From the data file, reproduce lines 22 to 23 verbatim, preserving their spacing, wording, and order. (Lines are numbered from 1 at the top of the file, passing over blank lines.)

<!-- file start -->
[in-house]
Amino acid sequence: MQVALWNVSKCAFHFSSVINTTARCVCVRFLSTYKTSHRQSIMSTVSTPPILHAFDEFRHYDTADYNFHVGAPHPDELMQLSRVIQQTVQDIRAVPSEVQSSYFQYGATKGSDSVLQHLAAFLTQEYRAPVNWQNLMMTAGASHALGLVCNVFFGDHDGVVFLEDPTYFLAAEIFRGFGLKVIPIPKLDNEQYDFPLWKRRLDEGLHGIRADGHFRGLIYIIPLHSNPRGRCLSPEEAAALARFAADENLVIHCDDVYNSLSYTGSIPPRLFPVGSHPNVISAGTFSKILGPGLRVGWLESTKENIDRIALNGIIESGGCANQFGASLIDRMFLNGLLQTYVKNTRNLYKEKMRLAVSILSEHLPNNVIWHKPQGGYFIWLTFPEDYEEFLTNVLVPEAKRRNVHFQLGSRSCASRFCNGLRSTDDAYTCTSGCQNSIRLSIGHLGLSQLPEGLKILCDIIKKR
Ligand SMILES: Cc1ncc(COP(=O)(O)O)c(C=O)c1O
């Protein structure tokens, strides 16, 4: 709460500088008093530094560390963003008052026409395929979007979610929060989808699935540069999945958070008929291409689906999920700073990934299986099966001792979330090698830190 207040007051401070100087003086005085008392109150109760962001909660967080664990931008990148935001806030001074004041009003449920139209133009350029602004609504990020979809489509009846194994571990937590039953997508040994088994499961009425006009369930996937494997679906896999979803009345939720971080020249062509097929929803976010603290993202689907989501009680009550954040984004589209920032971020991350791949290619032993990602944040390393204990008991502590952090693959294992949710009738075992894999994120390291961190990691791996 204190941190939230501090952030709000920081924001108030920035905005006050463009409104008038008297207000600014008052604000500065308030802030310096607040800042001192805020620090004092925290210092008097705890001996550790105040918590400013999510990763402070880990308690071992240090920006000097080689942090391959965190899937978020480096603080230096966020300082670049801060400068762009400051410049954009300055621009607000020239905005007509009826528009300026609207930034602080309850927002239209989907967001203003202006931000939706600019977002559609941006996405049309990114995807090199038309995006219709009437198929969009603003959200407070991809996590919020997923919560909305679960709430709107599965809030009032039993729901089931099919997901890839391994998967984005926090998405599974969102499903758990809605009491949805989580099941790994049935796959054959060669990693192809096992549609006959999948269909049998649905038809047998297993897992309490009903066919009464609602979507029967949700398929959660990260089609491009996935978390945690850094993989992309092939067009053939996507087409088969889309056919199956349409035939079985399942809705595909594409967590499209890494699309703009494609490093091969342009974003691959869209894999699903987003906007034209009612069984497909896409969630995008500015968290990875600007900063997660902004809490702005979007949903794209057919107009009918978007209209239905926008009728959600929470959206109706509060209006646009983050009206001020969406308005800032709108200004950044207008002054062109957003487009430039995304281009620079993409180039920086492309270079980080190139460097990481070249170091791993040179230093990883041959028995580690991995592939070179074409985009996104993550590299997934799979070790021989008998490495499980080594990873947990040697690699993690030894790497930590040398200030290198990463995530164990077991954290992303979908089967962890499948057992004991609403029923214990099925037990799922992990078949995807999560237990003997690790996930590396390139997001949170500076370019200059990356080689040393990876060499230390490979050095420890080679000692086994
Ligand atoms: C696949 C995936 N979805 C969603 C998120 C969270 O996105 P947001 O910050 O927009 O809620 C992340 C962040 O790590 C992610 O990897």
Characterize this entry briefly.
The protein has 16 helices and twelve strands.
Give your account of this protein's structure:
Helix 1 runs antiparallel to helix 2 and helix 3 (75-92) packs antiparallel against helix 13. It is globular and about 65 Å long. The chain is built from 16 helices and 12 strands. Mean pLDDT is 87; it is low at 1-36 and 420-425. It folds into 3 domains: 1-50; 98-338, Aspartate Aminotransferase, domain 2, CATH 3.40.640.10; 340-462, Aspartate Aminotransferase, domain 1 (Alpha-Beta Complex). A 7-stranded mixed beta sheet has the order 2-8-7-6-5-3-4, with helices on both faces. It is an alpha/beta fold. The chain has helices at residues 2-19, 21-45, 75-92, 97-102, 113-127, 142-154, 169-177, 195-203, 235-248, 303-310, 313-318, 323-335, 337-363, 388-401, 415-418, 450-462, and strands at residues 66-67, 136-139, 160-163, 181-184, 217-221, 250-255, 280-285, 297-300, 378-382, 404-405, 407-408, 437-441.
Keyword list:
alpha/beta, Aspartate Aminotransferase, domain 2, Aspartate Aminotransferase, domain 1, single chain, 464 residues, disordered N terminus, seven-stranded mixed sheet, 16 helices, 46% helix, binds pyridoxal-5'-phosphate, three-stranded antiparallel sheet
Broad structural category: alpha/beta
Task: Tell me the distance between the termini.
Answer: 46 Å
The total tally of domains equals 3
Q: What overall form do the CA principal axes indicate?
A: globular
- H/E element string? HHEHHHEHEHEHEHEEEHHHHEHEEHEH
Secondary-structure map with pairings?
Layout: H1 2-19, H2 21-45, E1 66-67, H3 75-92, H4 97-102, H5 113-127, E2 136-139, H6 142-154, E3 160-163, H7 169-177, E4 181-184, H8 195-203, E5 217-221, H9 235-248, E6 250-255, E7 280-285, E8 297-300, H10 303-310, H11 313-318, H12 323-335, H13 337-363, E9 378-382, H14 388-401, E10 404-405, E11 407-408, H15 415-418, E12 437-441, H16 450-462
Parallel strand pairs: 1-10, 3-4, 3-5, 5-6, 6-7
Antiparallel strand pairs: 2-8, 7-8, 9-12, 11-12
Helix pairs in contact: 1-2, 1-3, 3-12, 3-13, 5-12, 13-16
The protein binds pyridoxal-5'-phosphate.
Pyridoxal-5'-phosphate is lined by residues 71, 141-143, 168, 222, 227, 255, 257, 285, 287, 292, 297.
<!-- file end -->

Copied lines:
Antiparallel strand pairs: 2-8, 7-8, 9-12, 11-12
Helix pairs in contact: 1-2, 1-3, 3-12, 3-13, 5-12, 13-16